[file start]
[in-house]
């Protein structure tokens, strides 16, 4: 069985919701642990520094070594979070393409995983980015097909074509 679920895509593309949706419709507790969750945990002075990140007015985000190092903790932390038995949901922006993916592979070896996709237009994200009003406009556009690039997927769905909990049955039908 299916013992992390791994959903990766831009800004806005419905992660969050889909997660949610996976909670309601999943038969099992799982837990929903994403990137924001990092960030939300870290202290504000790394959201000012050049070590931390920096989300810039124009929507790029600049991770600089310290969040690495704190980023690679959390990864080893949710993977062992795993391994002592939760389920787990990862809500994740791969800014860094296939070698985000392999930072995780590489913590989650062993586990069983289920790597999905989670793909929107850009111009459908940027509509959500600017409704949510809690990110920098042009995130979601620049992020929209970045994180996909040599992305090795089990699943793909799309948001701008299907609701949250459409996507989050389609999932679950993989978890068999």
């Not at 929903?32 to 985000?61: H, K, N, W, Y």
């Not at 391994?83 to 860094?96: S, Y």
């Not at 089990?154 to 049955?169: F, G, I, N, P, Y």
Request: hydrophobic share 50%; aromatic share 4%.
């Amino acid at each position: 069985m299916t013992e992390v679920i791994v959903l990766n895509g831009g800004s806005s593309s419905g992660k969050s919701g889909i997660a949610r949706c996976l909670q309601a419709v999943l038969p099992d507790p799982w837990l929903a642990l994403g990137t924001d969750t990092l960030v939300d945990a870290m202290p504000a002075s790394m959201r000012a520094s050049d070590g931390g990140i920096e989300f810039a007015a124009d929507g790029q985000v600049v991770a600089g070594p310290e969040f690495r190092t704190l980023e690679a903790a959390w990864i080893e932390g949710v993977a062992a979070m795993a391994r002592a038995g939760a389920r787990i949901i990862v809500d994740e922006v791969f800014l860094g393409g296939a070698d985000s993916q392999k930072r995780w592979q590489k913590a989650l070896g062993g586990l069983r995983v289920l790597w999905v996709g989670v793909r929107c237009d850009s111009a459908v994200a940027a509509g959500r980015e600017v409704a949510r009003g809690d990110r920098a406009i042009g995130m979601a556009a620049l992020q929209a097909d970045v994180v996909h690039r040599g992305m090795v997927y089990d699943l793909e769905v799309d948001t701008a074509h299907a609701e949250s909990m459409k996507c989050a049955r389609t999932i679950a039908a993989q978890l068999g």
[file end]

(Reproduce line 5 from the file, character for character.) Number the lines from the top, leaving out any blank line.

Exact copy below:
């Not at 089990?154 to 049955?169: F, G, I, N, P, Y």